If the Upon reaching the place where the reception is to be held, both the bride and the groom are required to enter the house together as a sign of maintaining the balance of authority in the home and to guarantee equal longevity. Lunch for the newlyweds begins with a dish of boiled mungo beans, a symbol of fertility. The bride and groom take turns feeding each other in a series of pleas which ends in a touching show of love for each other. A highlight of the celebration is the tuptupac or the bitor. These rituals involve the giving of cash to the newlyweds by their visitors. The gifts to the bride and groom are given and counted separately to determine the economic capability of both families. After counting, the money is handed to the groom who hands it over to his wife for safekeeping.
The last ritual for the day is the mangik-ikamen in which an old man and an old woman present the dal-lot (wedding song). The theme of the dal-lot is the ups and downs as well as the do's and donts of married life.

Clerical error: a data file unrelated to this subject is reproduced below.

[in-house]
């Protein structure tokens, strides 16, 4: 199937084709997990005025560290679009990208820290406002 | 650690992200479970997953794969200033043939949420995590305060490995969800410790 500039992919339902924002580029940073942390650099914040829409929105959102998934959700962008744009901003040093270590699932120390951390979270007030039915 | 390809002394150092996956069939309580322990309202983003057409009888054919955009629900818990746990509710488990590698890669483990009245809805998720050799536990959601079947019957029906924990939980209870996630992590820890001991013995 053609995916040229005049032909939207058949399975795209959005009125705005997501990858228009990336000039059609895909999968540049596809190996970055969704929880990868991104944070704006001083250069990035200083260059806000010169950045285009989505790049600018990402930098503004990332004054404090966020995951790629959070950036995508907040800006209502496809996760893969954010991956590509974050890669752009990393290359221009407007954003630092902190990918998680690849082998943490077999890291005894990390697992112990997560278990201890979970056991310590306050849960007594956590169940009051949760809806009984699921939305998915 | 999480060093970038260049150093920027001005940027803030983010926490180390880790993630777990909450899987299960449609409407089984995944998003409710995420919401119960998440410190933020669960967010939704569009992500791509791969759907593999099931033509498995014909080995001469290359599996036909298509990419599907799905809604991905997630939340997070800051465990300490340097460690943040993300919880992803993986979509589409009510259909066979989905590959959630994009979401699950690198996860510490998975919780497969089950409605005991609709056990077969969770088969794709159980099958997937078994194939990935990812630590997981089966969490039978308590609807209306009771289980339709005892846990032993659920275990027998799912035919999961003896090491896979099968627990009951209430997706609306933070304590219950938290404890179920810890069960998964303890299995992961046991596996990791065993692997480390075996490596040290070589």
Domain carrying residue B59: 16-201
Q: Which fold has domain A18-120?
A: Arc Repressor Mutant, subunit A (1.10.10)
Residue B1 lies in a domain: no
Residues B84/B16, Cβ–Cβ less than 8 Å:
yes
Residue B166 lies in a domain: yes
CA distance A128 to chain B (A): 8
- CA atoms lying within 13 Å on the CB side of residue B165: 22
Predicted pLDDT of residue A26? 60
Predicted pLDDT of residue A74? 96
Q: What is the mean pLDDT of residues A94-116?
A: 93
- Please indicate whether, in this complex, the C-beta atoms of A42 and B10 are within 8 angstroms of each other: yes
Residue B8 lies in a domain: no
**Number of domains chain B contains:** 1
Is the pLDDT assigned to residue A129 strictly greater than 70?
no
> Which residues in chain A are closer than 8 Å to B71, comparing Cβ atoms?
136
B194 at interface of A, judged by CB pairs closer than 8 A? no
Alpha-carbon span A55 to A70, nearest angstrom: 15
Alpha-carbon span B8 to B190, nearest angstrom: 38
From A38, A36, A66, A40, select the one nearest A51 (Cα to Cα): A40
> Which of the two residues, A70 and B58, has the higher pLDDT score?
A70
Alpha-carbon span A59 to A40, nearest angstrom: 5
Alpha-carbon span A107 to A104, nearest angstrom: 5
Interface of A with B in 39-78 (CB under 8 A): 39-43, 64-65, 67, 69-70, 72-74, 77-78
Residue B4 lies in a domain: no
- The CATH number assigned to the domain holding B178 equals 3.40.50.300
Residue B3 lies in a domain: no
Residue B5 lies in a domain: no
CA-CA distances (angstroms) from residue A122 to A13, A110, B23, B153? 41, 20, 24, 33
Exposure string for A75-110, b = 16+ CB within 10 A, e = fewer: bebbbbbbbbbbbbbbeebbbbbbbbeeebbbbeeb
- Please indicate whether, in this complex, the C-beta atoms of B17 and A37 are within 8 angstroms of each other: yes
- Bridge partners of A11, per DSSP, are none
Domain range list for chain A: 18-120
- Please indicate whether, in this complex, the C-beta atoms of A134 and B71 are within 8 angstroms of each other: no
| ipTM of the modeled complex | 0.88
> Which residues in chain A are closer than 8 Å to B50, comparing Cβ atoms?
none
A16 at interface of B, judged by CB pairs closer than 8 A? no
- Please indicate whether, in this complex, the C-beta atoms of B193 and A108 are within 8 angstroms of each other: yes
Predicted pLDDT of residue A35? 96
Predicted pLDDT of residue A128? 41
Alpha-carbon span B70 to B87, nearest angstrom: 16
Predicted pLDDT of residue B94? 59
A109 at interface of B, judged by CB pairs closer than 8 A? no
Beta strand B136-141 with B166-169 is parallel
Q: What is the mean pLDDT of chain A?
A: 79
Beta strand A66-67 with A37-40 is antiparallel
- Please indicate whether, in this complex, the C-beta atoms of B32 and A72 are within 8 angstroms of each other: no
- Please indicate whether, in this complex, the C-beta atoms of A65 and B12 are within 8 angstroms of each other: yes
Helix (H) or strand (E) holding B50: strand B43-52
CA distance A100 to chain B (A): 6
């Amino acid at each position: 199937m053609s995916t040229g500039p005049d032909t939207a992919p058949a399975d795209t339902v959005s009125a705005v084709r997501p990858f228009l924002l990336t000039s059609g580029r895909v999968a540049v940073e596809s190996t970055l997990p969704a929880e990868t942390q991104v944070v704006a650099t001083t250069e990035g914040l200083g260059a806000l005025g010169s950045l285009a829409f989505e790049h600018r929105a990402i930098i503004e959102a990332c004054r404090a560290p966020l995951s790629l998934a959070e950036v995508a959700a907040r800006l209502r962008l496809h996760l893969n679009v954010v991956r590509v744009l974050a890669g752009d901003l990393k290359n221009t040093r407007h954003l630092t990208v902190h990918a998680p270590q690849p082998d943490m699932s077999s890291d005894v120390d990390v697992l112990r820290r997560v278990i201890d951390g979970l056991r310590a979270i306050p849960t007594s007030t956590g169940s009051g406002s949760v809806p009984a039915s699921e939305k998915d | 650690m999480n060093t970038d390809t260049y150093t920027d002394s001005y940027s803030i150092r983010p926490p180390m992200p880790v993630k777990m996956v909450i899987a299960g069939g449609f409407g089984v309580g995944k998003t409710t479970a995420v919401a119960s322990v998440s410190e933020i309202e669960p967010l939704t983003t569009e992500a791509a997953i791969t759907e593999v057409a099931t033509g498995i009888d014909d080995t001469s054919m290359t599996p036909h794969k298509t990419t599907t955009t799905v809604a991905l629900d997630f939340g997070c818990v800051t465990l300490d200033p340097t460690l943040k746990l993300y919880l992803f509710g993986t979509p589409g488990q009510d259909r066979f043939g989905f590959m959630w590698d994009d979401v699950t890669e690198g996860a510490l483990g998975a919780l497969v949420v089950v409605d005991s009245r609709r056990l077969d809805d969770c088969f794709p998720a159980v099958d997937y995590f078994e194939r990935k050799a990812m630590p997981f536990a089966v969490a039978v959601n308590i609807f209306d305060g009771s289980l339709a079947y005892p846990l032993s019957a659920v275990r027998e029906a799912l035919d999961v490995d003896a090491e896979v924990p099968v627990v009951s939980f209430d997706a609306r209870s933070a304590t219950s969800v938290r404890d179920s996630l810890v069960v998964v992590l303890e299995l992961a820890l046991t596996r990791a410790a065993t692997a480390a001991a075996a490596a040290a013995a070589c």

A day after the wedding, three rites are held. These are the atang, an offering given to the spirits of the departed kinsmen and posing and mangatogangan whereby the groom turns over his personal belongings to the bride.
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Death and Burial
To the Ilocanos, gasat (fate) detemines their life on earth. Death to them means the fulfillment of destiny, the inevitable. It is because of this Ilocano view of death that they are better able to bear the passing away of their loved ones with courage and fortitude.
The Ilocanos have traditionally believed that most of man's illnesses are caused by spirits. Even accidents have often been attributed to the supernatural, to spirits that could either be the aswang (witch) or the mannamay (sorcerer).
Death is often preceded by omens such as a black butterfly which enters a house at night or during an eclipse. When a person is dying, an old woman is usually called in to pray and attend to him. Sometimes, a coconut shell is placed under the dying man's bed so that everyone in the room may hear the angel and the devil fighting for possession of the man's soul. When a man dies, an atong (burning piece of wood) is placed in front of the gate of his house. This announces a death in the family to spirits and the living alike. The fire is left burning for the duration of the wake.